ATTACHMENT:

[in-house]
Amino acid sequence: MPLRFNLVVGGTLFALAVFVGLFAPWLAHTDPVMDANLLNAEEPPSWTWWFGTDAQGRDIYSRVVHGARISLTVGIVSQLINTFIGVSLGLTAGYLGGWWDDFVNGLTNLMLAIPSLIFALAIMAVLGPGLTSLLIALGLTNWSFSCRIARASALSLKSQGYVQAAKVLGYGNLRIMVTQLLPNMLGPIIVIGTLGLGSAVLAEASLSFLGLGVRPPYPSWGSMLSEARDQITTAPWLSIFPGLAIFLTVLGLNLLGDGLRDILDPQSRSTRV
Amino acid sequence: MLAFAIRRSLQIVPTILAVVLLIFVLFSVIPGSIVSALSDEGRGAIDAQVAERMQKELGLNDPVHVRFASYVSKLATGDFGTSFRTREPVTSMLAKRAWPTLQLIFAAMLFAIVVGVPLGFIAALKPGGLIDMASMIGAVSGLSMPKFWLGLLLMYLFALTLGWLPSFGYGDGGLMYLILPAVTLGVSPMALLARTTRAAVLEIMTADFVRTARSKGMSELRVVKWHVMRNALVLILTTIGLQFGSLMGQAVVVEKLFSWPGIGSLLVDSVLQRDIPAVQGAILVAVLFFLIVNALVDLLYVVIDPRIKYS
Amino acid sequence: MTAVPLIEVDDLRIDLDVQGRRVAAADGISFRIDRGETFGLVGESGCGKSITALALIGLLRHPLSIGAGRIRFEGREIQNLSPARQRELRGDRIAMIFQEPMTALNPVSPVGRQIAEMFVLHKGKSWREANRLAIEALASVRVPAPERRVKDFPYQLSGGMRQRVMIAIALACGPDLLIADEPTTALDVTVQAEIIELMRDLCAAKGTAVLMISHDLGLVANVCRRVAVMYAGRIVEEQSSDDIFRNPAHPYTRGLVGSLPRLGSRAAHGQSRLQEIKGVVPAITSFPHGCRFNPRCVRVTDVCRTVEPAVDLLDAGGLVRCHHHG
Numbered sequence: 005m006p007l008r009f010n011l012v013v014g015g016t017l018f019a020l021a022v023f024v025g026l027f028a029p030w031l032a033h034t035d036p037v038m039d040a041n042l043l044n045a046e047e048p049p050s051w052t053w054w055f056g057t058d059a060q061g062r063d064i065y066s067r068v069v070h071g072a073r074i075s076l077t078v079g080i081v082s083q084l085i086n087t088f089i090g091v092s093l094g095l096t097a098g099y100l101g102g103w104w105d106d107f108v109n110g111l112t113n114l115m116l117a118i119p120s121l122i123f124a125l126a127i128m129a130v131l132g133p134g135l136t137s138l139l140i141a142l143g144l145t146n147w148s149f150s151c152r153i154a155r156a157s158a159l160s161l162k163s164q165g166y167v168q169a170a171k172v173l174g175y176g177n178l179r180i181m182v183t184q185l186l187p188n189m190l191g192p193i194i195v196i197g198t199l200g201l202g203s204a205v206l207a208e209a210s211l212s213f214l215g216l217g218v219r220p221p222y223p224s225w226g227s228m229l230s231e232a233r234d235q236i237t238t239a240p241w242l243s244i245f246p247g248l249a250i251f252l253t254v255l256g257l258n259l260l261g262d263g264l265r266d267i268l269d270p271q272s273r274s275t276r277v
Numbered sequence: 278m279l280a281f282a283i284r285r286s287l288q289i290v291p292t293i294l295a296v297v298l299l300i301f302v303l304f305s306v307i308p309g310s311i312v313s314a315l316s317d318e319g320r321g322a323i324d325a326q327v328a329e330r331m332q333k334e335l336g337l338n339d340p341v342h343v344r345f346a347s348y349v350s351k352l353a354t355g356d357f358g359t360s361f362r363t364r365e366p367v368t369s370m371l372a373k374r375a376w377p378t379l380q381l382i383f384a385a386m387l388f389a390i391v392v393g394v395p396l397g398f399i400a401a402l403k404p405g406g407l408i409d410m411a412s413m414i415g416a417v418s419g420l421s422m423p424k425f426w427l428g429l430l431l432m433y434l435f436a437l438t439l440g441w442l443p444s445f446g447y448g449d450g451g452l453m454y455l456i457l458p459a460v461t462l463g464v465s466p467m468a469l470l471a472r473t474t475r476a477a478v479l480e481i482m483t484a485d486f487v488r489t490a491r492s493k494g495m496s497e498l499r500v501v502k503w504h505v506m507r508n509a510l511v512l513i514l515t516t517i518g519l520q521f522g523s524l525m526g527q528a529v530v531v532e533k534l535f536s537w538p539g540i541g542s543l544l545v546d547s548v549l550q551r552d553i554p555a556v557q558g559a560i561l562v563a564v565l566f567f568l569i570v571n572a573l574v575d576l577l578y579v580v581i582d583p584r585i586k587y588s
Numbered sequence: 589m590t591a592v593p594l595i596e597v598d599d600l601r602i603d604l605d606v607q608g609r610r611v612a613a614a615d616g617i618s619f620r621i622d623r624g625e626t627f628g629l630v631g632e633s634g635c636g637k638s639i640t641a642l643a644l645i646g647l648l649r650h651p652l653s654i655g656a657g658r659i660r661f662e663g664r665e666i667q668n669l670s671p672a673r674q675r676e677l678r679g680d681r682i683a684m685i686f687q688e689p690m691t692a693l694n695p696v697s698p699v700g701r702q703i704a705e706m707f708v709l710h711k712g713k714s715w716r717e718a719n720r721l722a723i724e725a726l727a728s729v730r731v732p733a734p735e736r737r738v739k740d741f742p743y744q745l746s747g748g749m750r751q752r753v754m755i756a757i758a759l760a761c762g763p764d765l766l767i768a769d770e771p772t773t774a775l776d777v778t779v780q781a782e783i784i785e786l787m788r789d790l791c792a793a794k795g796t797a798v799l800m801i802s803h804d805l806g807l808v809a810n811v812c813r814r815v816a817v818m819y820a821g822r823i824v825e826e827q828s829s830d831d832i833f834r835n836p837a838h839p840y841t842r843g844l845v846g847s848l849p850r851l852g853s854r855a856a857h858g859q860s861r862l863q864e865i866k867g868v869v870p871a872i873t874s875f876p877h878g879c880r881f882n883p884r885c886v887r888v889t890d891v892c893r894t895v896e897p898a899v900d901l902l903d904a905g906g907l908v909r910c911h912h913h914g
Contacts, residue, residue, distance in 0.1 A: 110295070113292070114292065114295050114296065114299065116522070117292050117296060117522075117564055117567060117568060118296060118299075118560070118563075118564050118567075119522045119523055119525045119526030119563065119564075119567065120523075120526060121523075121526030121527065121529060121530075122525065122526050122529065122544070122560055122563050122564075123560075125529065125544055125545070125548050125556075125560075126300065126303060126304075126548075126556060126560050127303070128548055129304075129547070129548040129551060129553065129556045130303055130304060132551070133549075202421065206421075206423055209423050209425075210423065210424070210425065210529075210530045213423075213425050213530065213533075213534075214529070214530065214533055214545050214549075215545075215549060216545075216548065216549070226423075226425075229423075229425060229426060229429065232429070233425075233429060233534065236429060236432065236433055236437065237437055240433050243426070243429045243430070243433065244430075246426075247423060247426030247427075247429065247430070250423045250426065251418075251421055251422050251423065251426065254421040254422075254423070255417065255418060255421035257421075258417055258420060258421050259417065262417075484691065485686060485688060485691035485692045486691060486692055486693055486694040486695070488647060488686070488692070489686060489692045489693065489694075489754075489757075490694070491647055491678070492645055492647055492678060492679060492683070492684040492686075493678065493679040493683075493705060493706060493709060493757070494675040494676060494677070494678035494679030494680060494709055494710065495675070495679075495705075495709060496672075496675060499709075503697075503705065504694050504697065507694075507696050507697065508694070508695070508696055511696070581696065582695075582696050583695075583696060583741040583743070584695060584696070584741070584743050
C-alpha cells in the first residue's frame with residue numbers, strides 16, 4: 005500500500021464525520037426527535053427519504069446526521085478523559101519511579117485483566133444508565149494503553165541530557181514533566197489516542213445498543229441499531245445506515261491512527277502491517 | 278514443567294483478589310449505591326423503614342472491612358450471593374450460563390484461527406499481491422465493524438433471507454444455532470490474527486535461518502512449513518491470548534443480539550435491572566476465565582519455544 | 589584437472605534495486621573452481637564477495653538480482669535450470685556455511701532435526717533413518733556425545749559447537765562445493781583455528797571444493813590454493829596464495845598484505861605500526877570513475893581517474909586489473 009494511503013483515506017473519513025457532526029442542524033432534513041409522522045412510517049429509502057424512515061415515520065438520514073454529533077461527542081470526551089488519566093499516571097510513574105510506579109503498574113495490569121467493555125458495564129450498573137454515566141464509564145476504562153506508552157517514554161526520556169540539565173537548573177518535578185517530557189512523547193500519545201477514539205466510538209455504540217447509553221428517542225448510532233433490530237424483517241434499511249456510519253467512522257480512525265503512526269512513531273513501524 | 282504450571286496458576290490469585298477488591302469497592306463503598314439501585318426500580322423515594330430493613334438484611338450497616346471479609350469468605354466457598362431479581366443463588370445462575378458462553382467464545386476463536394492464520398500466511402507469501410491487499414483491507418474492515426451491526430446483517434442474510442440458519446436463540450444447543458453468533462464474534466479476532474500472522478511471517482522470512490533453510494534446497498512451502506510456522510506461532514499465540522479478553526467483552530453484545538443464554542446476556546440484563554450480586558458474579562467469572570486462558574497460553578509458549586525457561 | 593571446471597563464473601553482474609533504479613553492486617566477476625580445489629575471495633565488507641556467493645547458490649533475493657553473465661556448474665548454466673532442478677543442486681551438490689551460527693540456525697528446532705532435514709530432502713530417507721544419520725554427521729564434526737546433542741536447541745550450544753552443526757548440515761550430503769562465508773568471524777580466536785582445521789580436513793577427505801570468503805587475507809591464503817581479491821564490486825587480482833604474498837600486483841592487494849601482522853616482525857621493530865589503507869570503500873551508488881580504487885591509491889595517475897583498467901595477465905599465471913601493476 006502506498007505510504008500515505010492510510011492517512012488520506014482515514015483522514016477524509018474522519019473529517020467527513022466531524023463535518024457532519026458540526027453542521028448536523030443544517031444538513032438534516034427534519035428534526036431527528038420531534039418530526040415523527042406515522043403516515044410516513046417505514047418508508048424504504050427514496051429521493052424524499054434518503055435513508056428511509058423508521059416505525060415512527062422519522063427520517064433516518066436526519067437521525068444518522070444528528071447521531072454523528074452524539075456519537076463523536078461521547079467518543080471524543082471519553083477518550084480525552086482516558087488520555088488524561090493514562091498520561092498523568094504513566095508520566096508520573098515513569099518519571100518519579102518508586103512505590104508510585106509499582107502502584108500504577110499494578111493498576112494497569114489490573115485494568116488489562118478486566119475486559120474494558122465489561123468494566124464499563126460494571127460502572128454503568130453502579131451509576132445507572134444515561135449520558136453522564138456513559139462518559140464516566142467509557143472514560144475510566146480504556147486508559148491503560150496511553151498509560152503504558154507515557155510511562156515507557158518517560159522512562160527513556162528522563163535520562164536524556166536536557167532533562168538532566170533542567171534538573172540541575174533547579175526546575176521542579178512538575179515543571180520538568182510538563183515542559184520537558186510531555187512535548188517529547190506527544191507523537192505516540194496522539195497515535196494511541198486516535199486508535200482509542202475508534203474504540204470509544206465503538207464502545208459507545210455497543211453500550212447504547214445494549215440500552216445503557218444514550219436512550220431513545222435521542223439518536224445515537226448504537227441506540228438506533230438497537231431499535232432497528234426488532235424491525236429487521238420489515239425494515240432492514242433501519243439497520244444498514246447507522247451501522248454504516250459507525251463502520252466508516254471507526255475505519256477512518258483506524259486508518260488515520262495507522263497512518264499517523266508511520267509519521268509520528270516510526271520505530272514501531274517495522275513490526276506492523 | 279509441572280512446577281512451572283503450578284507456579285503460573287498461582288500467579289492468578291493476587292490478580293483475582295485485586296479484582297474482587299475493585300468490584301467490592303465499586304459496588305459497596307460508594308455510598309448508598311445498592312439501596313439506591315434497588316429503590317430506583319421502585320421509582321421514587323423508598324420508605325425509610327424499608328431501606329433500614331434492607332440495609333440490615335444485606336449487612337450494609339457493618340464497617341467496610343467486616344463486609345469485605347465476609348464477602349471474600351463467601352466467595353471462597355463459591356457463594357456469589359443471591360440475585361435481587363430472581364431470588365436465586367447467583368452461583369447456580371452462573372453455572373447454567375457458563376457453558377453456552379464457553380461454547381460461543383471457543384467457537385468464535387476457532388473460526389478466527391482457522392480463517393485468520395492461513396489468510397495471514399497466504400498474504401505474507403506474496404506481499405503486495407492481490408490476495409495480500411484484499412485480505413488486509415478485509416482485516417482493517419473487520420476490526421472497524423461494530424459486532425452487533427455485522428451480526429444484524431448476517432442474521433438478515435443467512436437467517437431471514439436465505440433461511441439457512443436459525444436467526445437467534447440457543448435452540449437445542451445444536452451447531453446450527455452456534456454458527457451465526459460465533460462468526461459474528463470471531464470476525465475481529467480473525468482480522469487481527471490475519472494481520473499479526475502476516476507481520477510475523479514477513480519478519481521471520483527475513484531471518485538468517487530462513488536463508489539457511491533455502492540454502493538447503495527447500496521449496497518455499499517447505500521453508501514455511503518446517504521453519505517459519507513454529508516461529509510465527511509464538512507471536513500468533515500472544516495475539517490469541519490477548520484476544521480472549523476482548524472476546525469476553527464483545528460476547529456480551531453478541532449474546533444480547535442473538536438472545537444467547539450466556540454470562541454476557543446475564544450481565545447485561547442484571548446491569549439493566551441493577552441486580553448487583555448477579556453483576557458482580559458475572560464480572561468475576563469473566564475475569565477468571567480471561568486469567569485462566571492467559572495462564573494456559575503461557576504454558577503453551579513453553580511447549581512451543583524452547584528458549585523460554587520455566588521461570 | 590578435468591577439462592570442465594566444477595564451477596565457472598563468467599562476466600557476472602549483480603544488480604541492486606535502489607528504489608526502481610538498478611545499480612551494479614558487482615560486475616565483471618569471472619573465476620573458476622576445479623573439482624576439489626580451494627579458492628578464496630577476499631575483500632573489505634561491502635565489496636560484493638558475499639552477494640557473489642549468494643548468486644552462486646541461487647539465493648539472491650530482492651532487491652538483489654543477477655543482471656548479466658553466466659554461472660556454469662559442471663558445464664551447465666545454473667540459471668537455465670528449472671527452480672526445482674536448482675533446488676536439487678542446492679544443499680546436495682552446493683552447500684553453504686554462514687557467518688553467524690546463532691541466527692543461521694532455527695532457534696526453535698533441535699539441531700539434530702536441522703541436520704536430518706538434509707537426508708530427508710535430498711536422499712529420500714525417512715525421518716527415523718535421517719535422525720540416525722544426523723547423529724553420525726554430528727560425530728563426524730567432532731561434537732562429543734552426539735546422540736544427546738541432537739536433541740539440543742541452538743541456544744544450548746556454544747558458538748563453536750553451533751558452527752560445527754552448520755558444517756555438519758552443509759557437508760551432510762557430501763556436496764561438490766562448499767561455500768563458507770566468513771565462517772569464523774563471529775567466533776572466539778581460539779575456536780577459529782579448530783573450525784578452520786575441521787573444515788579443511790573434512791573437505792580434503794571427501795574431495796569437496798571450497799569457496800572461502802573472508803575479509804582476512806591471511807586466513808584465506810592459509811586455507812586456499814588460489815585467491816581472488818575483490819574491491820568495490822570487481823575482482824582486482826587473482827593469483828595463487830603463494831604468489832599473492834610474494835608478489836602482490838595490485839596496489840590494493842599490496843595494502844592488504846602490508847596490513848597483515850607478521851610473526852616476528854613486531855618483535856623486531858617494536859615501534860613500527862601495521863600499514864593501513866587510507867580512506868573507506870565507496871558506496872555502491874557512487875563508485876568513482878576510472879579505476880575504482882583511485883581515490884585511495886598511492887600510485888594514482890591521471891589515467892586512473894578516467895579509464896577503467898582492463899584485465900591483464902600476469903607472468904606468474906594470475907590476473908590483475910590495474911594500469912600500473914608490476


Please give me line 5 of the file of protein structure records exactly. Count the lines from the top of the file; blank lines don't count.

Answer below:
Numbered sequence: 005m006p007l008r009f010n011l012v013v014g015g016t017l018f019a020l021a022v023f024v025g026l027f028a029p030w031l032a033h034t035d036p037v038m039d040a041n042l043l044n045a046e047e048p049p050s051w052t053w054w055f056g057t058d059a060q061g062r063d064i065y066s067r068v069v070h071g072a073r074i075s076l077t078v079g080i081v082s083q084l085i086n087t088f089i090g091v092s093l094g095l096t097a098g099y100l101g102g103w104w105d106d107f108v109n110g111l112t113n114l115m116l117a118i119p120s121l122i123f124a125l126a127i128m129a130v131l132g133p134g135l136t137s138l139l140i141a142l143g144l145t146n147w148s149f150s151c152r153i154a155r156a157s158a159l160s161l162k163s164q165g166y167v168q169a170a171k172v173l174g175y176g177n178l179r180i181m182v183t184q185l186l187p188n189m190l191g192p193i194i195v196i197g198t199l200g201l202g203s204a205v206l207a208e209a210s211l212s213f214l215g216l217g218v219r220p221p222y223p224s225w226g227s228m229l230s231e232a233r234d235q236i237t238t239a240p241w242l243s244i245f246p247g248l249a250i251f252l253t254v255l256g257l258n259l260l261g262d263g264l265r266d267i268l269d270p271q272s273r274s275t276r277v